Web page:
Flores’ 2014 resolution: Hunt Public lands more

Local hunters Eddie Darce Sr., left, and Mark Gowan smile following their morning in the rice field on U.S. Fish and Wildlife Service property. (Submitted Photo/Courtesy of John K. Flores)

By John K. Flores, Outdoor Columnist

Hunkered down in a pit blind, we tried to get as small as we could where two speckle-belly geese, turning to my enticements, wouldn’t see us.
Really a novice when it comes to calling geese, the soft clucks I made did the trick, fooling them.
And now the moment of truth was mere seconds away.
The oncoming birds made a slight veer to the left but still close enough to the blind where we could count the spots on their breasts.
“Take-em!” I said.
The three of us rose out of the pit like zombies from a grave after drinking Red Bulls — the quick and the dead. Only, the geese laying on the water surface were the dead.
And, celebration ensued.
Why not? My two partners and I weren’t on a fully guided hunt. We weren’t on a private lease or even exclusive rod and gun club. We were high-fiving, because we were hunting waterfowl on public ground.
Put another way, when you combine U.S. Fish & Wildlife Service property, U.S. Forest Service property, U.S. Army Corps of Engineer land, National Park Service acres and Louisiana Department of Wildlife and Fisheries land, we were hunting just a small piece of 3.3 million acres or 9.7 percent of the total land acreage in Louisiana available to hunters.
In short, never should it be said there is no place to hunt when it comes to the Sportsman’s Paradise.
Louisiana Department of Wildlife and Fisheries lands alone make up 1.4 million acres of the total available to hunters. The department owns and manages 52 Wildlife Management Areas, or WMAs.
And when it comes to hunting on these state lands, 76 percent of the time it’s deer hunting, which turns out to be higher than all other WMA uses combined, according to Steve Smith, WMA Program Manager.
“There’s a ton of land out there actually,” Smith said. “And our 52 WMAs comprise a lot of that acreage. Twenty one percent of deer hunters statewide utilize our WMAs. And when comparing us to other states in the southeast around us, we have nearly twice the acreage and much higher user days.”
When comparing states like Alabama and Mississippi, who track acreage and user days like Louisiana, Smith utilizes a power point presentation to make comparisons that are surprising.
Alabama has 775,000 acres of land available to the public with an estimated 160,000 (hunter only) user days. Mississippi has 665,000 public acres with 227,000 combined activity user days.
By contrast, when looking at Louisiana’s 1.4 million managed public acres, there are 680,000 user days.
Both Arkansas and Texas, who have 754,000 and 770,000 acres of public land available, respectively, do not collect use data. But, both of these states still have far less acreage available compared to Louisiana.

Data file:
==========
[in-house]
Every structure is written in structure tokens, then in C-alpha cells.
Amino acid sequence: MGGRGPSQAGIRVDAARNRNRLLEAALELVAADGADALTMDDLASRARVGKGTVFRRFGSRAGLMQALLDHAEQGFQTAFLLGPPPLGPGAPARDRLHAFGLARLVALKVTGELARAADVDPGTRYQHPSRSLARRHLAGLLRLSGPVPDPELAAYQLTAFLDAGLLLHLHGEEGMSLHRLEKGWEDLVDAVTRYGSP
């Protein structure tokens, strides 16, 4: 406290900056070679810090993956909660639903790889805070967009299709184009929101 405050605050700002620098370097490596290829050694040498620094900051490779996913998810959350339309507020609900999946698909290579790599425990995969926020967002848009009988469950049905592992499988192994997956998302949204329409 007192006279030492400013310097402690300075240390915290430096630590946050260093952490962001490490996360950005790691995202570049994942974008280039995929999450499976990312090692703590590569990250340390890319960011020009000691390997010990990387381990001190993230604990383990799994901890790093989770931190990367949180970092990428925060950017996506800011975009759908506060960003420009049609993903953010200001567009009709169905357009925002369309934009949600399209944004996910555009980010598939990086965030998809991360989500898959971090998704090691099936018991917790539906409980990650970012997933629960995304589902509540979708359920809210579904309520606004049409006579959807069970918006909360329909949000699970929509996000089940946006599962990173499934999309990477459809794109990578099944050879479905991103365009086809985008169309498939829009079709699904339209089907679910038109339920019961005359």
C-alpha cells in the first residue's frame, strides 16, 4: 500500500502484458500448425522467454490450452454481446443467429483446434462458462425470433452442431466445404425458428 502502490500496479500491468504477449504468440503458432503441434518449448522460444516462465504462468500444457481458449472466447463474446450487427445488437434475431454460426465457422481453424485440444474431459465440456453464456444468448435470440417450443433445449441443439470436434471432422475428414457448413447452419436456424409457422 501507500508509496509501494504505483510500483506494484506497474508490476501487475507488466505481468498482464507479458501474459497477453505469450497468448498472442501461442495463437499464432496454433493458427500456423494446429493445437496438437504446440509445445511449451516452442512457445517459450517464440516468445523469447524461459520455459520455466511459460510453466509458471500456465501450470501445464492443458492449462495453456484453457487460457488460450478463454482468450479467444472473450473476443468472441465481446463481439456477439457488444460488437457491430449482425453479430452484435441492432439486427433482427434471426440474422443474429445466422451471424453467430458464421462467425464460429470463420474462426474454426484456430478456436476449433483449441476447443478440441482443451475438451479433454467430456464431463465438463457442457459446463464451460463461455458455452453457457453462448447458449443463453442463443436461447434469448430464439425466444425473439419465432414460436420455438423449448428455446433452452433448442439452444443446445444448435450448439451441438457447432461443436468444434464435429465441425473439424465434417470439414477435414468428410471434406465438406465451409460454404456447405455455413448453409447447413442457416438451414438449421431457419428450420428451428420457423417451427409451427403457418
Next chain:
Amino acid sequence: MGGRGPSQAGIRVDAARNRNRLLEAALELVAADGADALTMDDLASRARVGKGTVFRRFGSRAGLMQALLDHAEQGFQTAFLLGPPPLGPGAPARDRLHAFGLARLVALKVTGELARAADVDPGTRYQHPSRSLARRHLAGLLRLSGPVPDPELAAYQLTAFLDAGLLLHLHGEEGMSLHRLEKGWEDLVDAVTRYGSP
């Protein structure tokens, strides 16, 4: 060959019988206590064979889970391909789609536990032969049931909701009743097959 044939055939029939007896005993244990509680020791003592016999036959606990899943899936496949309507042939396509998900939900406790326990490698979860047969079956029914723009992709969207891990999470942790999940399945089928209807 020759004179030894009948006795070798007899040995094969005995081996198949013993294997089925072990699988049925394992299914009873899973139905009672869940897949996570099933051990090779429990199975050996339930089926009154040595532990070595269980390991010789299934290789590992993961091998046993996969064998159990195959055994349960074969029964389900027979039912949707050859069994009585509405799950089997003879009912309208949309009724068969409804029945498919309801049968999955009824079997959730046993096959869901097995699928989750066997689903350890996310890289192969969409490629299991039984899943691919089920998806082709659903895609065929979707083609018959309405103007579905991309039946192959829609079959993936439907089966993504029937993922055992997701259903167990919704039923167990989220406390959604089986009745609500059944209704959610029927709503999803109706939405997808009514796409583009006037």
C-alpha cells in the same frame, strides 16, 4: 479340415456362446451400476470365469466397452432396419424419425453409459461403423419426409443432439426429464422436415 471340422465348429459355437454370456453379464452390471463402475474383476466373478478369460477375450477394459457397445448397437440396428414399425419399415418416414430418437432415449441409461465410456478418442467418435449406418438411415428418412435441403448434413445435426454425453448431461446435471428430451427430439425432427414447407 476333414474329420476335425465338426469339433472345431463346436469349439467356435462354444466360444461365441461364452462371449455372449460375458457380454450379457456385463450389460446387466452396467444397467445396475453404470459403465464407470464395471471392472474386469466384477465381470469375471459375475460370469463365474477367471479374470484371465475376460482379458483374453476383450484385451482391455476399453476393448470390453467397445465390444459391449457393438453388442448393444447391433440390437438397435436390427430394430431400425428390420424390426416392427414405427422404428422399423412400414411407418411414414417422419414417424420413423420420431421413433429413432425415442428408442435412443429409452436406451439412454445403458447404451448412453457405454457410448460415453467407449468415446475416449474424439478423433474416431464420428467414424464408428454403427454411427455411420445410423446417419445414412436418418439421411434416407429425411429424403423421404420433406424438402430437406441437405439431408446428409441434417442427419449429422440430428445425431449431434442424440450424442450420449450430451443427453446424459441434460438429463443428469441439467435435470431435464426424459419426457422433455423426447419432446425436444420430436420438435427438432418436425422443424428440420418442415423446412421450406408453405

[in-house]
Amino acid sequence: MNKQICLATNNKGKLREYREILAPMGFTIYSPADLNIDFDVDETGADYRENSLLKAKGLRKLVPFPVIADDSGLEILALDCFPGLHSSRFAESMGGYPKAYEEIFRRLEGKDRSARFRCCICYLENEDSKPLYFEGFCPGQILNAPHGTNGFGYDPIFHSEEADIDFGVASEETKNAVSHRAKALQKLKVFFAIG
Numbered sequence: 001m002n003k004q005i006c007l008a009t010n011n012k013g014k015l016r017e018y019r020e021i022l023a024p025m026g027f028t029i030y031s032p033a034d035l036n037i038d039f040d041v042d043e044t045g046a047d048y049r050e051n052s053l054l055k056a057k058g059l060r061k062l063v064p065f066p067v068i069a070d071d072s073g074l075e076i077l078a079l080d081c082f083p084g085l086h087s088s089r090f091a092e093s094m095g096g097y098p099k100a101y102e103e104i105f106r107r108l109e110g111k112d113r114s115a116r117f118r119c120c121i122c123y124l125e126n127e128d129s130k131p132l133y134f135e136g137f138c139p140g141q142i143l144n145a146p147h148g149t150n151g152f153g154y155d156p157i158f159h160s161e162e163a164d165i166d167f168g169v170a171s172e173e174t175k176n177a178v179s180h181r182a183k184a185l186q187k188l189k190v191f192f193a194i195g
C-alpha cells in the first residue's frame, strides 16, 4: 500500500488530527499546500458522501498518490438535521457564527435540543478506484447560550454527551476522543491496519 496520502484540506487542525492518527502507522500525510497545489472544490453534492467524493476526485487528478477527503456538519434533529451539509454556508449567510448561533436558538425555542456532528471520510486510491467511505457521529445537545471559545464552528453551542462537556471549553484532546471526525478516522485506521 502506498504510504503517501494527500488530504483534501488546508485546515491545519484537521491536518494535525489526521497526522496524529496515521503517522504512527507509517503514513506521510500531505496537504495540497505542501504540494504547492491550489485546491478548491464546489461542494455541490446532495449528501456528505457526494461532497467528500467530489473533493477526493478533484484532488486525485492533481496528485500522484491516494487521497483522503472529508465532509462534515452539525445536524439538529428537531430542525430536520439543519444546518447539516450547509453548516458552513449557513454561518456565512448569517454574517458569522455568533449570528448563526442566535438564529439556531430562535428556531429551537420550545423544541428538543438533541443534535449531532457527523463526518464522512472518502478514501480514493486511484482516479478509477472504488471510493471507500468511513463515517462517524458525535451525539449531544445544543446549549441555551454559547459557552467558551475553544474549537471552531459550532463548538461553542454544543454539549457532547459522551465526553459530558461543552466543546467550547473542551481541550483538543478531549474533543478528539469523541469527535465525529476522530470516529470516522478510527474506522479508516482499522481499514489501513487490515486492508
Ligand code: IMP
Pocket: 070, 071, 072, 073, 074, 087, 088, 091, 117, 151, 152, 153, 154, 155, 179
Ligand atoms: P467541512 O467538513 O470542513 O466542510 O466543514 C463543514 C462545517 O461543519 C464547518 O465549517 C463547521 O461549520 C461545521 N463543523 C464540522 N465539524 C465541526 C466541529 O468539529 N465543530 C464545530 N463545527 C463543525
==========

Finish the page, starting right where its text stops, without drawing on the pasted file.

According to a recent LDWF press release, 25,360 hunter efforts were tallied in 2013 on 37 managed units. Total deer harvested on these units totaled 2,651 — 1,322 were bucks and 1,329 were does.
Use of Louisiana’s public lands isn’t limited to deer hunting. Thirty-three percent of all waterfowl hunters hunt on the state’s WMAs.
Of the 23,000 turkey hunters in Louisiana, 25 percent utilized public land in 2013.
And besides hunting, there is also fishing and non-consumptive uses, such as shooting, sightseeing, camping, hiking, dog training, photography and birding.
What was unique about our waterfowl hunt was it was one of the state’s many lottery hunts available to the public each year. Lottery hunts, both deer and waterfowl, typically offer youth and adult hunters exclusive access to a blind or stand on prime acreage set apart from other public lands on the WMA or refuge where they occur.
Lottery hunts can be stellar and unforgettable. On our hunt, the weather conditions couldn’t have been worse when it comes to waterfowl. The moon was full, which typically finds ducks and geese feeding in agricultural fields at night. There was a low morning fog that often causes ducks to be on lock down. Zero breeze and wind caused the rice field pond to look like a skating rink, with absolutely no movement in our decoy spread.
And finally, by 8:30 a.m., when the fog lifted, it became a bluebird day.
Still, we managed six geese, both white-fronted and snows, and three ducks. Those aren’t big numbers but nothing to sneeze at either.
Anytime a group of guys harvests nine birds in a morning under those conditions, it’s something to brag about.
With the New Year upon us, and many folks mulling over resolutions, one I suggest for 2014 is to hunt public land more and take advantage of some of the amazing lottery hunts. You won’t be disappointed.
If you wish to make a comment or have an anecdote, recipe or story to share, you can contact John K. Flores at 985-395-5586 or gowiththeflo@cox.net or visit www.gowiththeflooutdoors.com.

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